Google has changed the way people do a lot of things,
from planning road trips to checking e-mail, to — if Google Glass pans out — choosing eyewear. A few years ago, the California tech giant decided to shake up another field: epidemiology. In 2008, amidst much fanfare, the company launched Google Flu Trends. The web service rests on a pretty clever idea. It uses complex algorithms to monitor people’s searches for flu terms or symptoms, using this activity as a proxy for the flu — if people are googling the flu, Google reasons, they probably have it — and thereby modeling the spread of the disease.
The company says its data pretty closely matches the Centers for Disease Control and Prevention’s own weekly influenza reports, based on tried-and-true epidemiological methods. And for some years the data does. But this spring, Nature reported that Google Flu probably botched it, predicting about twice as many cases of flu as there actually were this season, according to CDC’s numbers. No one knows why it failed, but one suggestion is the media hype around the flu confused the system. People were searching for the flu, not because they had it, but because they learned of the outbreak somewhere and wanted to follow up on it.
Even if Google Flu had a bit of a misstep (one possibly soon fixed with a better algorithm), it does point to what’s in store for medicine: Big Data, or pooling the data drawn from the collective behaviors of millions of people to discover everything from public health trends to disease risk factors and more.
This is coming to medical imaging, too, and the implications won’t be confined to clinical matters — business software can dip down into those richer mines of data to dig up informational nuggets useful for hospital administrators to understand how their enterprises are working.
“Big Data analytics is key, both for the clinical aspect and for its operational aspects for an enterprise to be able to look at data from the last five years and analyze their own enterprise, how it can be improved and trends in imaging, and make data-driven decisions accordingly,” Nadim Daher, principal analyst with Frost & Sullivan, tells DOTmed Business News.
But there’s still a lot of work to be done — on exploring new storage models and figuring out how to get the most out of analytics — before Big Data has its impact, big or small, on the field.
For medical imaging, the data being created is expected to be very, very big. According to Frost & Sullivan’s recent predictions, diagnostic imaging alone will generate nearly 1 exabyte of data by 2016. One exabyte is one of those units so large the number used to describe it seems like a nonsense word — it’s 1 quintillion bytes. That is, 1 billion gigabytes. To put that in perspective, it’s the equivalent of 250 million DVDs, a little more than one month’s worth of the entire world’s mobile data traffic last year, or one-fifth of a text containing all words ever spoken, according to Cisco Systems Inc. In short, it’s a lot of data.
But even this might be an underestimate. Frost & Sullivan says its projections for diagnostic imaging growth, which, by the way, excludes some data-intensive imaging like interventional radiology, are a mid-range estimate. With a higher-range forecast, the volume crosses the 1 exabyte Rubicon either next year or in 2015.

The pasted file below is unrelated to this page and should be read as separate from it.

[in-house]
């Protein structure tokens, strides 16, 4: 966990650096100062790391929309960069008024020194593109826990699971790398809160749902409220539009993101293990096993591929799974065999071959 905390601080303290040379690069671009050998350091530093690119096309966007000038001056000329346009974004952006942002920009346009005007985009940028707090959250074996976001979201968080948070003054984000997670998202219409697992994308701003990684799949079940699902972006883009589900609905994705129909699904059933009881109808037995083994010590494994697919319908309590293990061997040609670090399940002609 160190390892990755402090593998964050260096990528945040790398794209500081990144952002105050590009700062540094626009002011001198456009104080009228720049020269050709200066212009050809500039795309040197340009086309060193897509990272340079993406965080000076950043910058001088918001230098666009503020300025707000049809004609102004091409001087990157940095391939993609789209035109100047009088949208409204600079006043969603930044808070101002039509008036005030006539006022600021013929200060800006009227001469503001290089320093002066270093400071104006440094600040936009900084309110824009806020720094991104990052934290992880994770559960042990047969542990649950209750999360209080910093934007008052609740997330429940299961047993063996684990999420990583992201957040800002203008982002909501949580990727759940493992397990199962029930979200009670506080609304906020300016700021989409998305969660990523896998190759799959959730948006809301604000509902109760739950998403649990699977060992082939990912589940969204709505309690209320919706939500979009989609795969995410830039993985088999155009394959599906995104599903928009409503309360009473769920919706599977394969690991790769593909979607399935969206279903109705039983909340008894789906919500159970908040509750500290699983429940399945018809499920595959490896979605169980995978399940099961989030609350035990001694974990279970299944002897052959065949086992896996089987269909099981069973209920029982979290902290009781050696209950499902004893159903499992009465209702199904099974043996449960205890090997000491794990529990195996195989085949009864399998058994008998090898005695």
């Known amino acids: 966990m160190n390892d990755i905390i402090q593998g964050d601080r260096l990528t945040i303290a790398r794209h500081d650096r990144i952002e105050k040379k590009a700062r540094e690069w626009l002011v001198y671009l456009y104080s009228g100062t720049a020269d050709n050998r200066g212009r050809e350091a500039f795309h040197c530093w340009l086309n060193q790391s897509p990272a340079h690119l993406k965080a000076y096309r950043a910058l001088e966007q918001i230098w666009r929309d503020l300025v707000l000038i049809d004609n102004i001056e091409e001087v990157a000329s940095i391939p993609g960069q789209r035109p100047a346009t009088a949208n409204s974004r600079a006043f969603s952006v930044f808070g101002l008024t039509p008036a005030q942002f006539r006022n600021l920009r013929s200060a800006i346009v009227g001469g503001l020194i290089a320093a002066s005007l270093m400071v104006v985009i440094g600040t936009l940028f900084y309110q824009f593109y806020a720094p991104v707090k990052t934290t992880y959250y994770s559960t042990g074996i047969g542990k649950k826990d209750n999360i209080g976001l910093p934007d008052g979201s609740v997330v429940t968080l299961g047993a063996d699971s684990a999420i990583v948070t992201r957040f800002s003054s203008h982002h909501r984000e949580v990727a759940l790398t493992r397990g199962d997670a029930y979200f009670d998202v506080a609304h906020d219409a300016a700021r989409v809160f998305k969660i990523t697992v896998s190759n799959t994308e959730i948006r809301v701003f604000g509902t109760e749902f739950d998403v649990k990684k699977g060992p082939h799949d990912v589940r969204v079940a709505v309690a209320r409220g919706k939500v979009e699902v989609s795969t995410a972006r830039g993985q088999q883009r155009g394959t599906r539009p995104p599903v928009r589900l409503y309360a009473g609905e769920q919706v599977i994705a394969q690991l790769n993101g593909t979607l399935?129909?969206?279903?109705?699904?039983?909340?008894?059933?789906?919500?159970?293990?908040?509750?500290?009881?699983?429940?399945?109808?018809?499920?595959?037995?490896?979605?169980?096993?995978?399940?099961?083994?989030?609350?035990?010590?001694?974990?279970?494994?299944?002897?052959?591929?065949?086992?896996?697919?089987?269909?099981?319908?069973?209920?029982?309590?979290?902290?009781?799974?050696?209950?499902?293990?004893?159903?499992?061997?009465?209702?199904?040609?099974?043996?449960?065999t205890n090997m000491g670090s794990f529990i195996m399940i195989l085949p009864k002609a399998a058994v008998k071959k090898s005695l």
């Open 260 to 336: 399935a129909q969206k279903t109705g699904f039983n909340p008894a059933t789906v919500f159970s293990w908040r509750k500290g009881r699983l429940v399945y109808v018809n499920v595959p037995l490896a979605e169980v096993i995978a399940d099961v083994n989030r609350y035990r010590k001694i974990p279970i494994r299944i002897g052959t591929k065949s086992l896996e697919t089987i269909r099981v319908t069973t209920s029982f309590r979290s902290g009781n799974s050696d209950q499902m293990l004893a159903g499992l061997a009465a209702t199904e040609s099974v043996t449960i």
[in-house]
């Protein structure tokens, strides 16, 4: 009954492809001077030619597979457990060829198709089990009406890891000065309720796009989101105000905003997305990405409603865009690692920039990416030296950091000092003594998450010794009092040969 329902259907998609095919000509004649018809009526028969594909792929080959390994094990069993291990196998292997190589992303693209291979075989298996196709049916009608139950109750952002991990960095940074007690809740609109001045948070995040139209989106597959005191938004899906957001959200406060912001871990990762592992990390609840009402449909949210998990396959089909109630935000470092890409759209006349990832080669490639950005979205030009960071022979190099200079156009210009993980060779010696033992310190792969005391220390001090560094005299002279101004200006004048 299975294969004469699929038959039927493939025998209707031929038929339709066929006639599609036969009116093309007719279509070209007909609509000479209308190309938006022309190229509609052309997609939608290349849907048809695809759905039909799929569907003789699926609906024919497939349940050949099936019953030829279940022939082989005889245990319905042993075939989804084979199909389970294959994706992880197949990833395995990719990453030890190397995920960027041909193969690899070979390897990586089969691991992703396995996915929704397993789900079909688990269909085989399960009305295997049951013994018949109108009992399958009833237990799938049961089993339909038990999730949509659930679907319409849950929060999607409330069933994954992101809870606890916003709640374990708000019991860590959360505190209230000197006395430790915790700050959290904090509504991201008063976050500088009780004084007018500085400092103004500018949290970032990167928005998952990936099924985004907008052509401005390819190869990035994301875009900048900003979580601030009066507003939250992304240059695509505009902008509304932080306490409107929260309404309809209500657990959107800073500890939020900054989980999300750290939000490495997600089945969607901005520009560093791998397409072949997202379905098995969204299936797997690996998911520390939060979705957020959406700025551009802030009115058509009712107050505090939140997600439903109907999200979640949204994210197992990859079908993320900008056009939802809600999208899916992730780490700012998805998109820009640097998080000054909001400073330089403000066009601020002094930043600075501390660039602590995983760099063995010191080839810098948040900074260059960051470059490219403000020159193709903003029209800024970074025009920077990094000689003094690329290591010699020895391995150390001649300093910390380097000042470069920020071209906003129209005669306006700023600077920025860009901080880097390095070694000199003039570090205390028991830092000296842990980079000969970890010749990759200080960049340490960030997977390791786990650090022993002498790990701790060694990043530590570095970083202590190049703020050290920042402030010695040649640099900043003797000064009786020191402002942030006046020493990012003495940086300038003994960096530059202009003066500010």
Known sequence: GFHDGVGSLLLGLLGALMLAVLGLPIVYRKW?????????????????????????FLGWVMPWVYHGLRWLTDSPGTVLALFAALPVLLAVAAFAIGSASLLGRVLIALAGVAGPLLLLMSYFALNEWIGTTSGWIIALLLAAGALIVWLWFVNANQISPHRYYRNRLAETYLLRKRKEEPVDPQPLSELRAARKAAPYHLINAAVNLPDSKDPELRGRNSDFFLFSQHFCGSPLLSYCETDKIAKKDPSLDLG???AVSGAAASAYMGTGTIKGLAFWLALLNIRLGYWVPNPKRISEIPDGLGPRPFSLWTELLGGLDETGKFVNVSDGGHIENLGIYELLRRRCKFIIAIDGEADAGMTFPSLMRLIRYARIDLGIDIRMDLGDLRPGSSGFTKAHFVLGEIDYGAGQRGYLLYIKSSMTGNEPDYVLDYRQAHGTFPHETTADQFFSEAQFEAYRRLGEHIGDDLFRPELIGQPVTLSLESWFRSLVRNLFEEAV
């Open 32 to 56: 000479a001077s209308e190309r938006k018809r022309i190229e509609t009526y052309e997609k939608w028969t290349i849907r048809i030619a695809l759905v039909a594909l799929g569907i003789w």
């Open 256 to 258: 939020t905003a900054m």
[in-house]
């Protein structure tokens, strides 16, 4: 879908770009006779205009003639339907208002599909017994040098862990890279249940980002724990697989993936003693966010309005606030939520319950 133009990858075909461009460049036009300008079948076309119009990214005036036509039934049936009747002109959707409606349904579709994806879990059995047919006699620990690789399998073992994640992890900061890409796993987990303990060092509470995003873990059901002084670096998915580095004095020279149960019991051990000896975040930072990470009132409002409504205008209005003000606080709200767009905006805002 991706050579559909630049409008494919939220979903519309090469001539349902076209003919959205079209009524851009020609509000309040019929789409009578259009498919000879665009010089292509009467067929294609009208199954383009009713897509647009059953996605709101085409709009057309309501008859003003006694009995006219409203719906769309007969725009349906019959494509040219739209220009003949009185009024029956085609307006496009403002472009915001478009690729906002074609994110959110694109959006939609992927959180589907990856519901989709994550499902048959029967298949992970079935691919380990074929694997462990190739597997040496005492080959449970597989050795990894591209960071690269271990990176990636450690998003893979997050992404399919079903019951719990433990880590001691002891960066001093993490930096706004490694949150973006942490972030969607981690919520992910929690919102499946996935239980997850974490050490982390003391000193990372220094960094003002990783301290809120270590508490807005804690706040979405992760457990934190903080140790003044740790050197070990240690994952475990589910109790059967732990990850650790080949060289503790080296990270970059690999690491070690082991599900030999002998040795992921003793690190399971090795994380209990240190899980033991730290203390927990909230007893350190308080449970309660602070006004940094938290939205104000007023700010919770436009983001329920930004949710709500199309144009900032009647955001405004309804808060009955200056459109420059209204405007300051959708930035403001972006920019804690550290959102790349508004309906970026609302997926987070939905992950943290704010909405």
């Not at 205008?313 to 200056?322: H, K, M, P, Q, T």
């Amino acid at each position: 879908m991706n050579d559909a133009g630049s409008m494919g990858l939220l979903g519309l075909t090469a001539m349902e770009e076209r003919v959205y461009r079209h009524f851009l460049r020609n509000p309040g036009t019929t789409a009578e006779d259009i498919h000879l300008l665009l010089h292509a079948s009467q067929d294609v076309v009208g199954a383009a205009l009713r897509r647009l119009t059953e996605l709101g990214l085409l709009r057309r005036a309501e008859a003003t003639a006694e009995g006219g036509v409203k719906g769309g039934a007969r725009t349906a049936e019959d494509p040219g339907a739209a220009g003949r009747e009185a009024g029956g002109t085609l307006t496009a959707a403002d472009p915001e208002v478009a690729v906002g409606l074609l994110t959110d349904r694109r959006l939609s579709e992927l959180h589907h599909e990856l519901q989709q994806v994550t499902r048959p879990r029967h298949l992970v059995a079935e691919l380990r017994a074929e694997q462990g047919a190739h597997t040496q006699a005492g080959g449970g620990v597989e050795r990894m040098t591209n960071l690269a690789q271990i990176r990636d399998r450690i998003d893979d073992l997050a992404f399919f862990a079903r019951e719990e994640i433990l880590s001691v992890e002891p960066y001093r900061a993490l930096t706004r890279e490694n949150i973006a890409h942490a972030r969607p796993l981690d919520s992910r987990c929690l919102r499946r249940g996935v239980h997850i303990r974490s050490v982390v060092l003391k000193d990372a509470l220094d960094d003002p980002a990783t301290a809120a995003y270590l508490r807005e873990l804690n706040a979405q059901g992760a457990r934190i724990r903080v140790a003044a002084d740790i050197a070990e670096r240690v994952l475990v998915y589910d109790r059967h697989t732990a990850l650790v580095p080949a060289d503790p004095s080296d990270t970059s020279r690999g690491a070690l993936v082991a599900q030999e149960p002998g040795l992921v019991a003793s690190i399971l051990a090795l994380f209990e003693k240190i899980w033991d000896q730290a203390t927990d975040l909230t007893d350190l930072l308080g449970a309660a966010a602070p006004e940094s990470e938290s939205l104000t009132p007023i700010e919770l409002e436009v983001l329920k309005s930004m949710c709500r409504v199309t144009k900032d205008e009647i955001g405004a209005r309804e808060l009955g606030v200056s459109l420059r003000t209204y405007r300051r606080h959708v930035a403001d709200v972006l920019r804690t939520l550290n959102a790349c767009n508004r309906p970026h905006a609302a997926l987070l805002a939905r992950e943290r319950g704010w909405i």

Mike Leonard, director of product management of health care services business with Iron Mountain, Inc., thinks the number’s too conservative, based on the storage firm’s own reports of a 50 percent year-over-year growth in its medical imaging archive business.
“If the growth rates (elsewhere) are as high as we’re seeing, those growth rates exceed what Frost & Sullivan has,” he tells DOTmed News. “We definitely see the amount of storage that hospitals need to budget for each year growing incrementally.”
He estimates the storage budget’s growing at about 3 to 5 percent of the total IT budget per year, with the growth larger for smaller hospitals. All told, between 2012 and 2015, hospitals’ total data load is expected to grow from 650 terabytes to about 1.7 petabytes, he says, citing published reports.
True, the growth of diagnostic imaging procedures has plateaued or even fallen over the past few years, but the absolute volumes are still up, Daher says. “The average storage volume requirement is going up, and that’s showing no sign of slowing down,” he predicts.
For growth, what modalities appear to be the culprits? “Generally, CT and MRI because of size of the studies coupled with the volume of studies done,” Leonard says. Digital mammograms are large, too, and an emerging innovation in this field might just make mammography more burdensome: breast tomosynthesis.
Breast tomosynthesis is a 3-D digital mammography technology that uses an X-ray scanner to spin in an arc over the breast, taking multiple images that it reconstructs into a 3-D image. Only one tomosynthesis unit, Hologic’s Selenia Dimensions, is on the market, having been cleared by the Food and Drug Administration in February 2011, but other manufacturers have released tomosynthesis devices in Europe and will probably bring them over to the U.S.
When they do, and should the tomosynthesis market take off (right now it is not reimbursed by Medicare, which somewhat limits its appeal), it could be an even bigger data archiving burden for imaging centers and hospitals.
Dr. David Clunie, an imaging informaticist, is even helping organize a talk at the Society for Imaging Informatics in Medicine’s 2013 conference this summer on how breast tomosynthesis could “kill” traditional PACS, in part because of the size of its files. Even a compressed, four-view tomo study would be roughly 350 MB — larger than even most CT chest and abdomen scans, he said.
“That is quite a lot of data to transmit and store, particularly when one considers the relatively high throughput of a dedicated screening facility,” he wrote in a March article on Aunt Minnie. “It is certainly a nontrivial amount of data to include in one’s consideration of capacity and cost of the archival distribution infrastructure.”